A cracked windshield can be a serious safety hazard and an eyesore. But does car insurance cover the cost of repairing or replacing it The answer depends on several factors, such as the type of damage, the type of coverage you have, and the state you live in. Here are some things you need to know about car insurance and windshield damage.
Types of Windshield Damage
Windshields can suffer from different kinds of damage, such as chips, cracks, pits, or shatters. Some of these damages can be repaired, while others may require a complete replacement. The cost and feasibility of repairing or replacing a windshield depend on the size, location, and severity of the damage. Generally speaking, a chip smaller than a quarter or a crack shorter than three inches can be repaired, while larger or more extensive damages may need a replacement. However, if the damage is directly in the driver's line of vision, a replacement is usually recommended regardless of the size.
Types of Car Insurance Coverage
The type of car insurance coverage that can help you with windshield damage varies depending on how the damage occurred. There are three main types of coverage that may apply:
Comprehensive coverage: This is an optional coverage that covers damage to your car from causes other than collisions, such as theft, fire, vandalism, hail, falling objects, or animal strikes. Comprehensive coverage usually covers windshield damage from these causes, but you may have to pay a deductible first. A deductible is the amount you pay out of pocket before your insurance kicks in. The average annual cost of comprehensive coverage with a $500 deductible is $339.
Collision coverage: This is another optional coverage that covers damage to your car from collisions with other vehicles or objects. Collision coverage may cover windshield damage from these causes, but again, you may have to pay a deductible first. The average annual cost of collision coverage with a $500 deductible is $788.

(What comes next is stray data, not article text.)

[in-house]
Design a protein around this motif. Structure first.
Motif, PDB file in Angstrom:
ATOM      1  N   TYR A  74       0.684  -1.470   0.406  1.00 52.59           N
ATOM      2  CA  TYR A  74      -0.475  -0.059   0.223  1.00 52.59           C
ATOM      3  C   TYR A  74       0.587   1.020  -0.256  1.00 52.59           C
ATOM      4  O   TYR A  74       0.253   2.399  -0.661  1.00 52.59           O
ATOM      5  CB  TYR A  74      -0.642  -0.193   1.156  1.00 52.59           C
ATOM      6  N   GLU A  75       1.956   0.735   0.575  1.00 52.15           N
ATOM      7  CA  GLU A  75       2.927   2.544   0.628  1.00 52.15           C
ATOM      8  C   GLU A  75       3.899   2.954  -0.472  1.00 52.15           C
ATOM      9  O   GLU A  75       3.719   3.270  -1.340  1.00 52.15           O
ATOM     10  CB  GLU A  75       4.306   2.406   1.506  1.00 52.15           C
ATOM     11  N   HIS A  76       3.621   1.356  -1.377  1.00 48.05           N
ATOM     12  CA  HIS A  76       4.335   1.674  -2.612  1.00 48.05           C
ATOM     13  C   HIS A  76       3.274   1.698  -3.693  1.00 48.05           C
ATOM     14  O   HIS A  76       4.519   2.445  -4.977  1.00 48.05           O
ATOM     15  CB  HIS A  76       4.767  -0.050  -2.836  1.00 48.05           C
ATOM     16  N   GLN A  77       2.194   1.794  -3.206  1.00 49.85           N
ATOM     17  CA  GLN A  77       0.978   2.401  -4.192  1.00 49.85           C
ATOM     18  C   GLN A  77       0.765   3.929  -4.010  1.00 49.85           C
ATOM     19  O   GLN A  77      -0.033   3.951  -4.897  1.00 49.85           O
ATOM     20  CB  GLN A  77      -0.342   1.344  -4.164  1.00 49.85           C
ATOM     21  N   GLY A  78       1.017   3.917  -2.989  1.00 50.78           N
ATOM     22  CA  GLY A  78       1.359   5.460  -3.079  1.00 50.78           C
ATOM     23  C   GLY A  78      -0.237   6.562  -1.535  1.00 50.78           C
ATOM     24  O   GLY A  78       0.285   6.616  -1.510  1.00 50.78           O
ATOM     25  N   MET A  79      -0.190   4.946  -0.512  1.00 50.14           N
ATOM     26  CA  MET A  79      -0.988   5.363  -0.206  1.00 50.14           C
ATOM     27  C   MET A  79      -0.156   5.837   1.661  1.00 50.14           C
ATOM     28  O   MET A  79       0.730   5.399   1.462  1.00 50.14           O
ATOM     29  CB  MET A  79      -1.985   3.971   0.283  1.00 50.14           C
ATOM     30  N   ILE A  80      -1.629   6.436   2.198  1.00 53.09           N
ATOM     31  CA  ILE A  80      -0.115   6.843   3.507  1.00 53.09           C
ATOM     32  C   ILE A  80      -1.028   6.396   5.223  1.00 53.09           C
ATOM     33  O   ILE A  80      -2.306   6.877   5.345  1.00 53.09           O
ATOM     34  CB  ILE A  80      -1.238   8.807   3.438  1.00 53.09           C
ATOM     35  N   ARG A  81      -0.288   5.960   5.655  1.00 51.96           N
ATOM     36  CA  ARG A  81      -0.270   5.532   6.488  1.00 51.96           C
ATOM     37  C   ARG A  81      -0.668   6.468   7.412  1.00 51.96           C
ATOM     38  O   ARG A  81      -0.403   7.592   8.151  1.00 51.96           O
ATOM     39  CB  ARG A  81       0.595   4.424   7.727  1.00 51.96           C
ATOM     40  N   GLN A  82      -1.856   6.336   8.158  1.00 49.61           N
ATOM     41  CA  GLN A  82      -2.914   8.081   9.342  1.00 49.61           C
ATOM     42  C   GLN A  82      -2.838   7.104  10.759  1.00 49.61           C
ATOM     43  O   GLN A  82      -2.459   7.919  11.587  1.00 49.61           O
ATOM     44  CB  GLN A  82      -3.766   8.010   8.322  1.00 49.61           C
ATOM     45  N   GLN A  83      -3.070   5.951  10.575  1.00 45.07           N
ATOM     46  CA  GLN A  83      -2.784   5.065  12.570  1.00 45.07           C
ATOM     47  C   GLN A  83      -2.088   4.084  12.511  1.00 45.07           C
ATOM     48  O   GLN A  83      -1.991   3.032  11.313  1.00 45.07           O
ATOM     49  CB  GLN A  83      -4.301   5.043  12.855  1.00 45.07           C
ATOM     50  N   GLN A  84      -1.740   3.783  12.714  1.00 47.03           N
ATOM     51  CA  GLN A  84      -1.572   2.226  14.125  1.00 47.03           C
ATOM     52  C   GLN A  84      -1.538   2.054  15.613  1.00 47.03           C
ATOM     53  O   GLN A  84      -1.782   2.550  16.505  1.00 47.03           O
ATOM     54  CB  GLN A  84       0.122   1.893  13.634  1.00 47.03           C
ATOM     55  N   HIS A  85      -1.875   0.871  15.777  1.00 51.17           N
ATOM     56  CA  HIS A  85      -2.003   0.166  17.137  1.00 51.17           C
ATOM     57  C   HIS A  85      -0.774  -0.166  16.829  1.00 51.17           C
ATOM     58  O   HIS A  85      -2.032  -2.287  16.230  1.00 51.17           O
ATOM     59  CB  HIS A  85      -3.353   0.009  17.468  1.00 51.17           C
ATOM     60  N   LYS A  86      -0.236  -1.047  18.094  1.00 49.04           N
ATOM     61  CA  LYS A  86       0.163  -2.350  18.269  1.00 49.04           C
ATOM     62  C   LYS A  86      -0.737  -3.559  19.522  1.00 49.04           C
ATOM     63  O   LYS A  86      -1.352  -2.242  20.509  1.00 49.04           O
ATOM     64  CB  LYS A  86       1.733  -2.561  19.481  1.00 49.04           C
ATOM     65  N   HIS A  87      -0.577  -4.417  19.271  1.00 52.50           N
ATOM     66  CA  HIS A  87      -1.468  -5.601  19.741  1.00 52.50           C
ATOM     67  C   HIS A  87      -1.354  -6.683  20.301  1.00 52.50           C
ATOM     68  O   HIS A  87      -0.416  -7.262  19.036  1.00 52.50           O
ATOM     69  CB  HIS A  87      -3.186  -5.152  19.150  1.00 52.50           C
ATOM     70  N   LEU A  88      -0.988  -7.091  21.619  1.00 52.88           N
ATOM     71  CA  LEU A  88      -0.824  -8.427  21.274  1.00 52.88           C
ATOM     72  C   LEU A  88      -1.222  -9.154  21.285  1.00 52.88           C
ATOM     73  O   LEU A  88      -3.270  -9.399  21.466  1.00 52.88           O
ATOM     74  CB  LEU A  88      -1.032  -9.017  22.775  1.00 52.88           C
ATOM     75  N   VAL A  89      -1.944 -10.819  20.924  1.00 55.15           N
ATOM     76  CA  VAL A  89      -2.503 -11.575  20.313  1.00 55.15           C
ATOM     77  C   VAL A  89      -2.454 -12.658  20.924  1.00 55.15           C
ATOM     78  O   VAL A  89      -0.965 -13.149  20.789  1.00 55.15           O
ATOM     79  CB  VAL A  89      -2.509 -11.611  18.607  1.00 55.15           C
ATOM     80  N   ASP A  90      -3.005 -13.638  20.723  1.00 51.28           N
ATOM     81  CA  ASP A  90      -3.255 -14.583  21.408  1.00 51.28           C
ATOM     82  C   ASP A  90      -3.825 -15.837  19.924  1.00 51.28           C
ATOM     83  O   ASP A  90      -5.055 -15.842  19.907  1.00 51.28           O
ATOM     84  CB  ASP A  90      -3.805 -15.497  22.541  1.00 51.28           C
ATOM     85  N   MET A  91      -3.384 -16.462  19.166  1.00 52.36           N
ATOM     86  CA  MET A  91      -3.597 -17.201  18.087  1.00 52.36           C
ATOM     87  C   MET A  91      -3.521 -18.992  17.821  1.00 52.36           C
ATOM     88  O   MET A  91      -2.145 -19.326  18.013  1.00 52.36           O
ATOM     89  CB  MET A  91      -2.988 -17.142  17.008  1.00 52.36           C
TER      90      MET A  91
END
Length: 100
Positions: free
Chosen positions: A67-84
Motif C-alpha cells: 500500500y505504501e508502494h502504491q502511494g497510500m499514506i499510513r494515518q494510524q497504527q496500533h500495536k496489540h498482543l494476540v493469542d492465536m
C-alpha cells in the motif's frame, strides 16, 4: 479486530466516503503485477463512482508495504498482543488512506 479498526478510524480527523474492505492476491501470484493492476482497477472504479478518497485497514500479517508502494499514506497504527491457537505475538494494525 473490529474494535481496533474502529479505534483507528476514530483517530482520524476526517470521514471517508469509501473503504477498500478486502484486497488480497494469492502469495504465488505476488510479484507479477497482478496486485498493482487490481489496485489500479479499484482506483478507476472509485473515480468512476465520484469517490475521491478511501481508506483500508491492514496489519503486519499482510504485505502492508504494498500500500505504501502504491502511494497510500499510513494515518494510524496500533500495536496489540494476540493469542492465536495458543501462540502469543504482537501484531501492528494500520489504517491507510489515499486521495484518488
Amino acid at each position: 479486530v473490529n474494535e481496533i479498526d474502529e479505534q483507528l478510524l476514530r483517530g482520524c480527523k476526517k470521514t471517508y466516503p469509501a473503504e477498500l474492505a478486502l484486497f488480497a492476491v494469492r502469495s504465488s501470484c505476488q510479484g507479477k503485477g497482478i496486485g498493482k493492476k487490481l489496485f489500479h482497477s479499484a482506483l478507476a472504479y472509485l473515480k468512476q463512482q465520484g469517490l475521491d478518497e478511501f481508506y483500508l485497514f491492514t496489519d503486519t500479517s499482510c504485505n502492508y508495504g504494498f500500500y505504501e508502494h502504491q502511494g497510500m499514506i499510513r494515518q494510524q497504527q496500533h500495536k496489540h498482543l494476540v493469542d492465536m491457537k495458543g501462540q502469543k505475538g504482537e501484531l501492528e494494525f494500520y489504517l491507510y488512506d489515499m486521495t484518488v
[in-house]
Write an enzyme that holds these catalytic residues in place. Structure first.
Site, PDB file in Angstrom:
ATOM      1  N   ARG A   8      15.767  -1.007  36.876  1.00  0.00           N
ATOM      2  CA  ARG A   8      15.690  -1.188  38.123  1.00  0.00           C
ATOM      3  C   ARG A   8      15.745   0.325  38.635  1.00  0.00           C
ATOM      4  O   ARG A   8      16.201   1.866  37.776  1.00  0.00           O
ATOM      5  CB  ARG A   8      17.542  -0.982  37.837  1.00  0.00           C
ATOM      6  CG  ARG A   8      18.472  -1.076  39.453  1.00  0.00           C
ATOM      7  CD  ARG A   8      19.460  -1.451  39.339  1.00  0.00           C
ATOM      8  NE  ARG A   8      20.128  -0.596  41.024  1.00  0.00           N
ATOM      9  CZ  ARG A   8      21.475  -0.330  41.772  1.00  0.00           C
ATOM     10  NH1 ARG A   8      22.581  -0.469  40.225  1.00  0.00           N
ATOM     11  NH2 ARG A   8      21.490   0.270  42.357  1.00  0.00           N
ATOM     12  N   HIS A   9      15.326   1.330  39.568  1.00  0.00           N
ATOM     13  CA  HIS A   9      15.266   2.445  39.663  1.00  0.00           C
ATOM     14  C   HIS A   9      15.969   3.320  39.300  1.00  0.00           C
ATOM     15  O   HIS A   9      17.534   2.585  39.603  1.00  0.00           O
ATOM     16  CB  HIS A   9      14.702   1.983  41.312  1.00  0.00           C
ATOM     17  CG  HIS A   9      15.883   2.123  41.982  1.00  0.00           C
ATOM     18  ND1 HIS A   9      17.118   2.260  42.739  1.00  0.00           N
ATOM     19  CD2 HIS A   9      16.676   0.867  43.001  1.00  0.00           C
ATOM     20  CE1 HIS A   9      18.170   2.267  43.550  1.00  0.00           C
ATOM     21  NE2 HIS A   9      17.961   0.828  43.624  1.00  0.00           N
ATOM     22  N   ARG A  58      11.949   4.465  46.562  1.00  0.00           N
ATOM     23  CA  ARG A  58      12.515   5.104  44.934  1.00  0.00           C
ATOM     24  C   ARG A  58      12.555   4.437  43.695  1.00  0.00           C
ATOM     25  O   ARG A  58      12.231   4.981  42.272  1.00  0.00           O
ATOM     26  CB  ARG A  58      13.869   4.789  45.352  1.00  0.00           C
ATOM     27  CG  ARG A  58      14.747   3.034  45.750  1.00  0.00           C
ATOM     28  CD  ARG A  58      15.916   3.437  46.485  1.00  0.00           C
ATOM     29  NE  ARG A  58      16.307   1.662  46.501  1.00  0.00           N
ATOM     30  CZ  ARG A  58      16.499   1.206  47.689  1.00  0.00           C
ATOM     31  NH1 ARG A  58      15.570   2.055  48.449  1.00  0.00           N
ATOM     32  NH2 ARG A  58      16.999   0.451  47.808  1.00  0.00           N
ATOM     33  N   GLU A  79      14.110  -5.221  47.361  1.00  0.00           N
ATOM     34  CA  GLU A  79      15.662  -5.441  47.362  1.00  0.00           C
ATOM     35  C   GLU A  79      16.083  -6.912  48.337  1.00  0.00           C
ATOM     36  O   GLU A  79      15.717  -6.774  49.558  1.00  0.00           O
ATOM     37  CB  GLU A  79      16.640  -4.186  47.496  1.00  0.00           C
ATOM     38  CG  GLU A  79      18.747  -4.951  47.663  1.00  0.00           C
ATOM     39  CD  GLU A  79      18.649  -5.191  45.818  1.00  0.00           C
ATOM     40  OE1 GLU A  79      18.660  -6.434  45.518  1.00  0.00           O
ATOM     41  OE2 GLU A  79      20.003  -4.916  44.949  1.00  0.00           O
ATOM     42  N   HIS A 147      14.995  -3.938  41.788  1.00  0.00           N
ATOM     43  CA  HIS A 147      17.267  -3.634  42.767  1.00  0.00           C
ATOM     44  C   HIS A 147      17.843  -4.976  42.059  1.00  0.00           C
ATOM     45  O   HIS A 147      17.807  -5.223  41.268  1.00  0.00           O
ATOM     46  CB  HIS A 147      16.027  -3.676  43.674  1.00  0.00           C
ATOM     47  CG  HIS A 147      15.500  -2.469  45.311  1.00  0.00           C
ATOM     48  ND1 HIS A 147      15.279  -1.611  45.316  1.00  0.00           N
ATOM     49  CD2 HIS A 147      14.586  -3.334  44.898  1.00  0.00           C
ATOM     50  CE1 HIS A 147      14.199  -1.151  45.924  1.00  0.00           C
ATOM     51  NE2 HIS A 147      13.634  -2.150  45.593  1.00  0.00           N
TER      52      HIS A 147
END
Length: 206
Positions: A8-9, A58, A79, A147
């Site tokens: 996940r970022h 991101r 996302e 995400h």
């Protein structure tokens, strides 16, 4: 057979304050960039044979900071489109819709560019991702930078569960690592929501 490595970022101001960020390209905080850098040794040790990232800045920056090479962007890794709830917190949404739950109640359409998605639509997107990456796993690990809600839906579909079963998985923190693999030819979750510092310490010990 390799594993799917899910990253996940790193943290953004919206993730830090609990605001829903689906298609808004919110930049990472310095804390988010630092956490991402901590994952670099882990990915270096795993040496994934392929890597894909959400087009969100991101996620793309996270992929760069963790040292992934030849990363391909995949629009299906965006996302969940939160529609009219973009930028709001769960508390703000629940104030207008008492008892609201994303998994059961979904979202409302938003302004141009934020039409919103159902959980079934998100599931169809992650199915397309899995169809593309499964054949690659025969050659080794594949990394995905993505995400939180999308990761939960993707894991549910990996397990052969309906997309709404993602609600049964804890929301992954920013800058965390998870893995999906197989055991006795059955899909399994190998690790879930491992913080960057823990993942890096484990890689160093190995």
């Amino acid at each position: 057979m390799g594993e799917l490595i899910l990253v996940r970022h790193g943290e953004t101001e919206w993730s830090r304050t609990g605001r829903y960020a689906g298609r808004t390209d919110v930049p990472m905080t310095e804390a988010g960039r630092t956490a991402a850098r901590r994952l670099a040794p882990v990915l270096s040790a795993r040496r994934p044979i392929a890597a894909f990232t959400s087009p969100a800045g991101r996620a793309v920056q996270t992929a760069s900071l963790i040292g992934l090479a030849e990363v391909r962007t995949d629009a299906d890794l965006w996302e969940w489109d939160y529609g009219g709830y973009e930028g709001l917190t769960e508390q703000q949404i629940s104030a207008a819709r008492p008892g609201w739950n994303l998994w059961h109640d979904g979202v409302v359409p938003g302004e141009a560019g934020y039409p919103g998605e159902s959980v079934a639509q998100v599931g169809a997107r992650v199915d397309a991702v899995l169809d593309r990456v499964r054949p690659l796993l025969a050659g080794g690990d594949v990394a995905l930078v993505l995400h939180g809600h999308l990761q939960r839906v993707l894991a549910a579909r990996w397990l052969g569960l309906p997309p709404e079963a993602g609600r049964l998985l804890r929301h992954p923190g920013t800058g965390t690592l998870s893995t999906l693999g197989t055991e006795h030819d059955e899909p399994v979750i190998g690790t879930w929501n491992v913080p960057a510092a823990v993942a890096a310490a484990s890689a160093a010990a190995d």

Liability coverage: This is the mandatory coverage that covers the damage you cause to other people or their property in an accident. Liability coverage may cover windshield damage to another driver's car if you are at fault for the accident, but it will not cover your own car's windshield damage. The minimum liability coverage limits vary by state, but they are usually not enough to cover all the costs of a serious accident.
State Laws and Regulations
In addition to the type of coverage you have, the state you live in may also affect whether your car insurance covers windshield damage. Some states have specific laws or regulations regarding windshield repair or replacement claims. For example:
Zero-deductible states: Some states require insurance companies to waive the deductible for windshield repair or replacement claims under comprehensive coverage. These states are Arizona, Connecticut, Florida, Kentucky, Massachusetts, Minnesota, New York, and South Carolina.
Full glass coverage states: Some states allow insurance companies to offer full glass coverage as an optional add-on to comprehensive coverage. This means you can pay an extra premium to have no deductible for any glass damage claims. These states are Colorado, Delaware, Idaho, Illinois, Louisiana, Maine, Maryland, Mississippi, Missouri, New Hampshire, New Jersey, North Dakota, Oklahoma, Oregon, Texas, Vermont and Virginia.
Safety inspection states: Some states require vehicles to pass a safety inspection before they can be registered or renewed. A cracked windshield may fail the inspection and prevent you from driving legally. These states are Delaware (for vehicles older than five years), Hawaii (for vehicles older than two years), Louisiana (for vehicles older than four years), Maine (for vehicles older than one year), Massachusetts (for all vehicles), Mississippi (for vehicles older than five years), Missouri (for vehicles older than five years), New Hampshire (for all vehicles), New York (for all vehicles), North Carolina (for vehicles older than 35 years), Pennsylvania (for all vehicles), Rhode Island (for vehicles older than two years), Texas (for all vehicles), Utah (for vehicles older than six years), Vermont (for all vehicles), Virginia (for all vehicles) and West Virginia (for all vehicles).